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5.10: Conclusion

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  • All of the large-scale patterns described above took a long time to develop; it was not as if there were small medieval kingdoms one year and major, centralized states the next. Likewise, many historians totally reject the idea of the gunpowder "revolution" because it took well over a century from the fifteenth well into the sixteenth centuries to really come to fruition. Instead, what is evident in hindsight is that centralized states with legal control and the right to raise taxes over their entire territories began in earnest during this period, introducing new legal and political patterns that would only expand in the centuries that followed. Likewise, while gunpowder may have taken a long time to fully transform warfare and state finances, there can be no question that it did so in the long run.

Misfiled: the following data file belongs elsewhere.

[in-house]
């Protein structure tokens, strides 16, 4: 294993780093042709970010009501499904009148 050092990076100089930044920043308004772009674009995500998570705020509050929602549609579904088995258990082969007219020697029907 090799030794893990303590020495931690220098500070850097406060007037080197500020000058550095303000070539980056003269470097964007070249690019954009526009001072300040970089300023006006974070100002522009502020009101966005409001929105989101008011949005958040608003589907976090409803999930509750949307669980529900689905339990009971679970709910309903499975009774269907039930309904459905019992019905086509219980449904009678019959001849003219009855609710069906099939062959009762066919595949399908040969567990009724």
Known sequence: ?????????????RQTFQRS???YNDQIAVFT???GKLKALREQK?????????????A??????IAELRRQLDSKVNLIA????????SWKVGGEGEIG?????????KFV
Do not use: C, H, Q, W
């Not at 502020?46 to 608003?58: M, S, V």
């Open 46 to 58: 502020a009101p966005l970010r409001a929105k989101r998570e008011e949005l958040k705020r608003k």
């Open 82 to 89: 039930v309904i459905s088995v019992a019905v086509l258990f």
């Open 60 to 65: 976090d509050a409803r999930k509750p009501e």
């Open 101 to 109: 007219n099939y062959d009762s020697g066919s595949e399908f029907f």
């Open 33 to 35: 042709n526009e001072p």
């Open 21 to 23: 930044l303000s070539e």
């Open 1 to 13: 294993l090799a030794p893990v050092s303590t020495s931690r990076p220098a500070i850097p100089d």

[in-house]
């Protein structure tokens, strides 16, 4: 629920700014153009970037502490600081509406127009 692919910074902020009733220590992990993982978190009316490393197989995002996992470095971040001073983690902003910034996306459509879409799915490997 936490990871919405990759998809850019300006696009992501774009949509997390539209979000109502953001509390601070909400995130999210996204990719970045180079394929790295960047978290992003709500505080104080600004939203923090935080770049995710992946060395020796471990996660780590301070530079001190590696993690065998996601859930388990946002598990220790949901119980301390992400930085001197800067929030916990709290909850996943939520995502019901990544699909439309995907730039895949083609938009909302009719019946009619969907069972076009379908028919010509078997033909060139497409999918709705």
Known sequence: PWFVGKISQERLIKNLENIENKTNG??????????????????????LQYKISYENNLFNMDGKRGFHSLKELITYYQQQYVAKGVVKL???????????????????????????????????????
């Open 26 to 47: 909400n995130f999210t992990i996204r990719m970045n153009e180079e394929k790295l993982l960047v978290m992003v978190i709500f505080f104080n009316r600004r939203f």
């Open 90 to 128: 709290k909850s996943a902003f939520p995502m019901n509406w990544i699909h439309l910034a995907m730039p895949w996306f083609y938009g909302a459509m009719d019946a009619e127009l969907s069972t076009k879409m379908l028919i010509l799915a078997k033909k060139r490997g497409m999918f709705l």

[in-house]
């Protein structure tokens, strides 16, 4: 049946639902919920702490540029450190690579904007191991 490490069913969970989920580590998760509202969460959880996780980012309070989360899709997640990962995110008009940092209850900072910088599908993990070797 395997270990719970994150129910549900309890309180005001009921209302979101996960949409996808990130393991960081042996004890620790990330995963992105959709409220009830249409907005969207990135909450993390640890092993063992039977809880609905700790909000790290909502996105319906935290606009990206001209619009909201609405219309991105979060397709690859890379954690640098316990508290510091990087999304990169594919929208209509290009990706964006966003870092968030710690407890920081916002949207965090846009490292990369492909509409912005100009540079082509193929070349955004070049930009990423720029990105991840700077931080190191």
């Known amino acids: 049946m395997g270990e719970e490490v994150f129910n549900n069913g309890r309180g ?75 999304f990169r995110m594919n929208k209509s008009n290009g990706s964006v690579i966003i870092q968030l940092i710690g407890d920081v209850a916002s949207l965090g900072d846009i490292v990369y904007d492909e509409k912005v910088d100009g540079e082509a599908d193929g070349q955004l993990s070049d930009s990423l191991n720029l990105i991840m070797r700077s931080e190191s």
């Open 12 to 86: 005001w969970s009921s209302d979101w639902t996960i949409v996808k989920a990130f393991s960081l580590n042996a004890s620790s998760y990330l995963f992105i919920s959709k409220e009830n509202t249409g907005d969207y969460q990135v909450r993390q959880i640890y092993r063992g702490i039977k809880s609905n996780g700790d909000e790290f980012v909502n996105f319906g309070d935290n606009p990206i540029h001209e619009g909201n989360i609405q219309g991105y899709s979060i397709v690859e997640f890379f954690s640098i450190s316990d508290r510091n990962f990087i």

Image Citations (Creative Commons):

    Siege of Orleans: public domain

    Habsburg lands: public domain

    Ottoman Empire - Esemono, public domain

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